Havok Publishing

Guardian of the Gates

By Loie Dunn

Izai regarded the long line of souls waiting at the crystal gate, all jabbering away like chaotic playmates. Of all the jobs to get, she was assigned the most boring. In and out, every day, new souls arrived from all corners of the Great Beyond.

She remembered it vividly: upon arriving in Paradise, a ghostly scribe met her. In his monotone voice, he warbled on and on about why her job was significant. That she shouldn’t take her eye off the line. Many people wanted to slip into Paradise and she had to maintain the utmost security.

Instead, Izai had stared at the pile of job descriptions on cream parchment while the scribe droned on. She’d scowled at all the amazing alternatives.

Airborne Messenger. Defender of the Near Woods. Most High Chef.

Her title? Guard.

That was it. No bells and whistles, nor flashy adjective. Just. Guard.

Daily, Izai remained at the front door, waiting for a friend to bring her a caffeinated beverage—preferably coconut chocolate—while she confirmed paperwork.

Today was no different.

“What’s your name?” Izai prompted, her gaze locked on the best part of an intriguing suspense novel.

“It’s Oliver.”

She turned the weathered page. A deep chuckle snagged her attention, so she dog-eared the page and looked up.

Her fingertips grew cold. “What are you doing here?” Oliver was the ghostly scribe’s assistant, and the one who convinced the ghostly scribe to make her a guard. Shadows cocooned him, a stark contrast to his luminous gaze.

“I’ve come to give you a break. I’m recycling you for a new position. A much better position, in fact.” Oliver’s gold eyes sparkled and Izai—if she wasn’t a professional—would have reached out to strangle him.

Inhaling deeply, she pinched her nose while imagining fluffy white kittens. “Well, when you put it like that, how can I refuse?” She shot daggers at him with her eyes, because no way was she going to trust what he told her again. She looked away from him and yelled, “Next!”

Oliver didn’t budge, even when a giant with fists the size of garbage tins blundered forward, eyebrows knit together.

“What’s your name?” Izai’s heart thumped as she tried to ignore Oliver.

“Name’s Jop.”

“Jop, Jop, Jop …” she trailed off, tracing the names in her gleaming Book of Paradise. She found eleven Jops.

“Last name?”

“Kilorn.” Oliver said, beaming at her. “He’s taking your place. You’re coming with me, Izai.”

“Right. I’m being recycled. How touching.”

Her mouth dropped when feathery white wings shot out of Oliver’s shoulders. “Come here.”

Izai squeaked. “No way!”

Jop chortled and ambled behind the desk, shuffling through the book. “Yer name?”

“Hey! That’s my job.” Izai reached for the Book and the giant snorted.

“Go on, missy.”

Izai turned to yell at Oliver but swallowed her words. Arms swept her up into the air.

White feathers showered them both as she and Oliver shot up into the sky.

Her stomach bottomed. She wanted to shut her eyes, but the view and her terror kept her eyes wide open. They glided through the lavender sky, flinging past an orchestra practicing for the day’s end and beyond, and a Chef perfecting a new batch of sunshine meringue.

Oliver dove down, and this time Izai screamed. Digging her fingers into his arms, she swallowed hard to push the nausea down.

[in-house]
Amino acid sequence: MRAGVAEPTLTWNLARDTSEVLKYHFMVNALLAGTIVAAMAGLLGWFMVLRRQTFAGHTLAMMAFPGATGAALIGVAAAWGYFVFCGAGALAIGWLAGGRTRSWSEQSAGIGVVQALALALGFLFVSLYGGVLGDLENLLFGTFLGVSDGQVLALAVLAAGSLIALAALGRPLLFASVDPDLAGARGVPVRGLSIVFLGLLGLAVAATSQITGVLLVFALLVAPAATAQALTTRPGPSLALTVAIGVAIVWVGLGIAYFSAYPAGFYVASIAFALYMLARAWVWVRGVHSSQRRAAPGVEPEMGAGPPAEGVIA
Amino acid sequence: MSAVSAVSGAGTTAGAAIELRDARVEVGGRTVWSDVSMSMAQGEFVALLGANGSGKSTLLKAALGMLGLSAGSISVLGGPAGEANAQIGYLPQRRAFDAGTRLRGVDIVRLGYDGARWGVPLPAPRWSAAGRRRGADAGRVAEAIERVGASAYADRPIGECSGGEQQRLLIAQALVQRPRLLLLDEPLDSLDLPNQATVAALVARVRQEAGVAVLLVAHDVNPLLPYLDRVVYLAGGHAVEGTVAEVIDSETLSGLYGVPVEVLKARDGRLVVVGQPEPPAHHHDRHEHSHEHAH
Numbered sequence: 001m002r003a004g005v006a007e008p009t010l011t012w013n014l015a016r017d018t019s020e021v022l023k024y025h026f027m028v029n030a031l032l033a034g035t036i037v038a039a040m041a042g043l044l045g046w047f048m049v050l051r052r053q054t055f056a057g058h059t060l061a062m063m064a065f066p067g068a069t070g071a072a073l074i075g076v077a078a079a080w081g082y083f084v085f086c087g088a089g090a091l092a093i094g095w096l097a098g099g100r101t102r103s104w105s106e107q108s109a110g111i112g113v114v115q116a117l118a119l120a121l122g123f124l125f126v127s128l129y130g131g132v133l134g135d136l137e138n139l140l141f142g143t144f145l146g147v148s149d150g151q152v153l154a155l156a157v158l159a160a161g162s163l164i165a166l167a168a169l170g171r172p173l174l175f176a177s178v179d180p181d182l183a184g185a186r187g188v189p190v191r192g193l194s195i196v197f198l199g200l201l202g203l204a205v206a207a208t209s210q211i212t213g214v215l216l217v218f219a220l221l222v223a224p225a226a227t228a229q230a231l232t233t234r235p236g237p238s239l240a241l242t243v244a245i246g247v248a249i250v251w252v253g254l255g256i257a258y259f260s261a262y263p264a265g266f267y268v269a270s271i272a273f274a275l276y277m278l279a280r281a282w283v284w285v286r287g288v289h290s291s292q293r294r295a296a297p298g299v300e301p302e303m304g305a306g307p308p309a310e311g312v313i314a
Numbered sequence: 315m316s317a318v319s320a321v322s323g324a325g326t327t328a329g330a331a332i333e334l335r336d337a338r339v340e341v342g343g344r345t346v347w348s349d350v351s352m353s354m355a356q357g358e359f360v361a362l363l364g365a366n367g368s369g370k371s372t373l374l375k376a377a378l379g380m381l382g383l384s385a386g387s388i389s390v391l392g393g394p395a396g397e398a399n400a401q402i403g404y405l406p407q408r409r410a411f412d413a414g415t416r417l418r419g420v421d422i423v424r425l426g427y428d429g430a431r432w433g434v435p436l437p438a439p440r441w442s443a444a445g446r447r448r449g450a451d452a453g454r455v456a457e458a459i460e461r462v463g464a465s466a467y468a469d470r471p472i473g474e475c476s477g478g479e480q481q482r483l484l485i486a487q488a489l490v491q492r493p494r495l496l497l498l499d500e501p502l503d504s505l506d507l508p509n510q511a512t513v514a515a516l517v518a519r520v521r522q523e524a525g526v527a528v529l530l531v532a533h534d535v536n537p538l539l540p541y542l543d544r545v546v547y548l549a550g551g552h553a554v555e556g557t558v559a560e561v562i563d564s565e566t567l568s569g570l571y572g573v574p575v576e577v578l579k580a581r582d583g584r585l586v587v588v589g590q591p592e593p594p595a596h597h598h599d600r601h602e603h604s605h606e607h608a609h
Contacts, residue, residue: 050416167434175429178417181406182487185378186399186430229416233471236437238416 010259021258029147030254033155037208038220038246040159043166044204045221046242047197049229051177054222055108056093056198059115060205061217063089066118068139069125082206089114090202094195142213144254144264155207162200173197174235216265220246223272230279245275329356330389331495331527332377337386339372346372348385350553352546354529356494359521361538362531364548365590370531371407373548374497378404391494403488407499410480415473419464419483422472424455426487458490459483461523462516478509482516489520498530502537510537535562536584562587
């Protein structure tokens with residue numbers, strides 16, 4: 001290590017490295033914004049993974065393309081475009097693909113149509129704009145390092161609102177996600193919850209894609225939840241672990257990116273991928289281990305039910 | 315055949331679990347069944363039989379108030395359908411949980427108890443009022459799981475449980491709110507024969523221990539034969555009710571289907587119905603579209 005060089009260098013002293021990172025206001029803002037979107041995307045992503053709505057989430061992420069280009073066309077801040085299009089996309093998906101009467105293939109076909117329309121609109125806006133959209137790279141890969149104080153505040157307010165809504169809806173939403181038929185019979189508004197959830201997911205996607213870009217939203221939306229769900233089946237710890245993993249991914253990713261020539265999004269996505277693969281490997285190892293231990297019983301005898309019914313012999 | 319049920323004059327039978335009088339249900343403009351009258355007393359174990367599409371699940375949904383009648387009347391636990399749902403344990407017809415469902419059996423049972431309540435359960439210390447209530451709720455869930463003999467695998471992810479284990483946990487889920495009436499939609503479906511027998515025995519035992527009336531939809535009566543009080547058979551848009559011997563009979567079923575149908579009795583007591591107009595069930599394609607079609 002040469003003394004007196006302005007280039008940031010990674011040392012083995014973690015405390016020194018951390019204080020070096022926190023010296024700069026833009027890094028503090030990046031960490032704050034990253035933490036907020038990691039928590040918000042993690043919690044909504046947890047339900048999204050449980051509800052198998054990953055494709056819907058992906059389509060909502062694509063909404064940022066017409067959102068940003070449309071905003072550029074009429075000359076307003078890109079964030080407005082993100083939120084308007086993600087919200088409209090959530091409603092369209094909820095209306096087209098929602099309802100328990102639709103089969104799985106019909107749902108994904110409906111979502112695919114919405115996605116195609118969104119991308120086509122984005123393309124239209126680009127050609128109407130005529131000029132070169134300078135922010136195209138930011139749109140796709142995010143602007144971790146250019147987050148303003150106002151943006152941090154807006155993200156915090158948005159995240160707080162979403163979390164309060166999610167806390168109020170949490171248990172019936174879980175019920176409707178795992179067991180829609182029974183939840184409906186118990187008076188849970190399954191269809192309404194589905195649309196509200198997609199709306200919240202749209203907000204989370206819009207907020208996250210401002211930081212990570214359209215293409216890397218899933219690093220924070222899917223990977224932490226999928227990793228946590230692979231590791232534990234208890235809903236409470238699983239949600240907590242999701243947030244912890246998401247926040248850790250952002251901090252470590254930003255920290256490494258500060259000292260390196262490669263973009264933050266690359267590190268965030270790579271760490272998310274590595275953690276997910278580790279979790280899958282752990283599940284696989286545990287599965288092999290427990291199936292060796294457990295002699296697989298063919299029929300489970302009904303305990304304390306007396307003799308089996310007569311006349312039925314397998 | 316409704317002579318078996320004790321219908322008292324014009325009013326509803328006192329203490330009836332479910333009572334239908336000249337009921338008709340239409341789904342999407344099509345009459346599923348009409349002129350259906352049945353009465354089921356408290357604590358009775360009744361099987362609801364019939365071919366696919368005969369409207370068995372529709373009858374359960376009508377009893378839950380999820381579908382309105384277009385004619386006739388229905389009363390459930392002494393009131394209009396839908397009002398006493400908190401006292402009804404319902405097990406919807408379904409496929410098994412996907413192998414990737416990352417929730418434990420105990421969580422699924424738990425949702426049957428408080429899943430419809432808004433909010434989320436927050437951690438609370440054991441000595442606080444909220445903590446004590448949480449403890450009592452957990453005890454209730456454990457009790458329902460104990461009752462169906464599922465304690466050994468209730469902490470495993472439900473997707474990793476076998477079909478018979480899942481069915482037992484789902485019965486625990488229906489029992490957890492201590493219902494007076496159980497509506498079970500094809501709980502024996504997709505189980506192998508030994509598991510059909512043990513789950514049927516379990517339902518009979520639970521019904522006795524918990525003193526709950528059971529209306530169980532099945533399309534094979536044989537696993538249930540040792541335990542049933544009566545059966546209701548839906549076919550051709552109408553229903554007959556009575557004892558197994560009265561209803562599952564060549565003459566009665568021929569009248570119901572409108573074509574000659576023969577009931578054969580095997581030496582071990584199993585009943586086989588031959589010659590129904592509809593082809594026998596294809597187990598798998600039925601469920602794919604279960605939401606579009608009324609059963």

Izai blinked away the wind-driven tears and stared.

A gate shimmering with diamonds, sapphires, and topaz stretched high above her and disappeared into the golden clouds. Cold air whooshed through a crack in the door.

“What is this place?” Izai asked, a sense of wonder almost overtaking her.

“Your new place. Souls who want to go back to Earth get to go through this gate.”

Her eyebrows shot up. “You were serious then? About the whole recycle thing?”

Oliver smirked. “Yes. These souls get to go again. Inhabit another body below. Try again at life. Again, and again until they get it right.”

Izai frowned. “But that doesn’t make sense. What if they don’t get it ‘right’?” She shook her head. “No. Nobody in this life knows how to get it right perfectly, no matter how many chances you get.”

Oliver folded his arms in front of his chest. “That’s not true.”

“This is wrong. You shouldn’t have brought me here.” Izai wished she’d finished her chocolate coconut latte. She’d need the caffeine, especially for what she was about to do next.

Something she never thought she’d do.

Slipping her hand into the silver velvet pocket of her coat, she withdrew her wildcard.

A glittering knife, capable of destroying anything in its path, warmed in her palm. The scribe who gave it to her had been kind of cool after all.

“You brought me here to try and recycle souls back to Earth. Paradise is a better place. No one wants to go back there. You’re trying to trick me.”

Oliver’s eyes twitched, and the gold in his eyes leaked down his face like scalding tears.

Black orbs stared back at her.

Izai dove toward the gate and plunged her blade into the crevice of the doorway. Light blistered around them and heat devoured her. Being a guard wasn’t so boring after all.

Especially when you got to destroy corrupted gates.

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Loie Dunn is a full-time writer of fiction, blogs, and articles. She lives on the East Coast of Canada. Loie is currently querying her sea-faring young adult fantasy and writing a new fantasy novel. She has traveled to Ireland, Haiti, Israel, Mexico, Rome, Wales, Scotland, and England. Please visit her at her blog. She loves to meet fellow writers and connect with them.

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